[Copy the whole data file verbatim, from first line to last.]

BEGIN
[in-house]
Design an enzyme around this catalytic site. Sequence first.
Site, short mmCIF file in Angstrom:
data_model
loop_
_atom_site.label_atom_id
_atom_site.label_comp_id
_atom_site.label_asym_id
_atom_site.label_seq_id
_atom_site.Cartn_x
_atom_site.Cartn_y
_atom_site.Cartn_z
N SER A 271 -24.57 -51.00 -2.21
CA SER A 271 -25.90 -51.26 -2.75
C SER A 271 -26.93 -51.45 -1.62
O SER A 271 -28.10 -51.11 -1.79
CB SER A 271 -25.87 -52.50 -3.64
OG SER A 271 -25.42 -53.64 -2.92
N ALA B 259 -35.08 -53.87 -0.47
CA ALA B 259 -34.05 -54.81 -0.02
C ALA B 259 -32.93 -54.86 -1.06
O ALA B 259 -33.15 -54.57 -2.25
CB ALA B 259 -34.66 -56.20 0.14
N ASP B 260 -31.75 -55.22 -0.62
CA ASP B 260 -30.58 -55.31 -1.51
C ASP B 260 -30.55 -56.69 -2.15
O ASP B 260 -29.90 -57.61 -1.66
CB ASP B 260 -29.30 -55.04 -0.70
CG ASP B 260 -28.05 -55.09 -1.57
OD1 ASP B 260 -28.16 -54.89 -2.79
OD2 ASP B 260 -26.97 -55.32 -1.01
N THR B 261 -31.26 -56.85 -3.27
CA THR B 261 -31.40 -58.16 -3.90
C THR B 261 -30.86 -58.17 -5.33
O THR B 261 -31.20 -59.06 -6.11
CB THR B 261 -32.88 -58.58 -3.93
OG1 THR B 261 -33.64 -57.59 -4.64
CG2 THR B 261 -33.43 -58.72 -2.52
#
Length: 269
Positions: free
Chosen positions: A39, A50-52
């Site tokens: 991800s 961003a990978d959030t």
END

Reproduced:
[in-house]
Design an enzyme around this catalytic site. Sequence first.
Site, short mmCIF file in Angstrom:
data_model
loop_
_atom_site.label_atom_id
_atom_site.label_comp_id
_atom_site.label_asym_id
_atom_site.label_seq_id
_atom_site.Cartn_x
_atom_site.Cartn_y
_atom_site.Cartn_z
N SER A 271 -24.57 -51.00 -2.21
CA SER A 271 -25.90 -51.26 -2.75
C SER A 271 -26.93 -51.45 -1.62
O SER A 271 -28.10 -51.11 -1.79
CB SER A 271 -25.87 -52.50 -3.64
OG SER A 271 -25.42 -53.64 -2.92
N ALA B 259 -35.08 -53.87 -0.47
CA ALA B 259 -34.05 -54.81 -0.02
C ALA B 259 -32.93 -54.86 -1.06
O ALA B 259 -33.15 -54.57 -2.25
CB ALA B 259 -34.66 -56.20 0.14
N ASP B 260 -31.75 -55.22 -0.62
CA ASP B 260 -30.58 -55.31 -1.51
C ASP B 260 -30.55 -56.69 -2.15
O ASP B 260 -29.90 -57.61 -1.66
CB ASP B 260 -29.30 -55.04 -0.70
CG ASP B 260 -28.05 -55.09 -1.57
OD1 ASP B 260 -28.16 -54.89 -2.79
OD2 ASP B 260 -26.97 -55.32 -1.01
N THR B 261 -31.26 -56.85 -3.27
CA THR B 261 -31.40 -58.16 -3.90
C THR B 261 -30.86 -58.17 -5.33
O THR B 261 -31.20 -59.06 -6.11
CB THR B 261 -32.88 -58.58 -3.93
OG1 THR B 261 -33.64 -57.59 -4.64
CG2 THR B 261 -33.43 -58.72 -2.52
#
Length: 269
Positions: free
Chosen positions: A39, A50-52
């Site tokens: 991800s 961003a990978d959030t």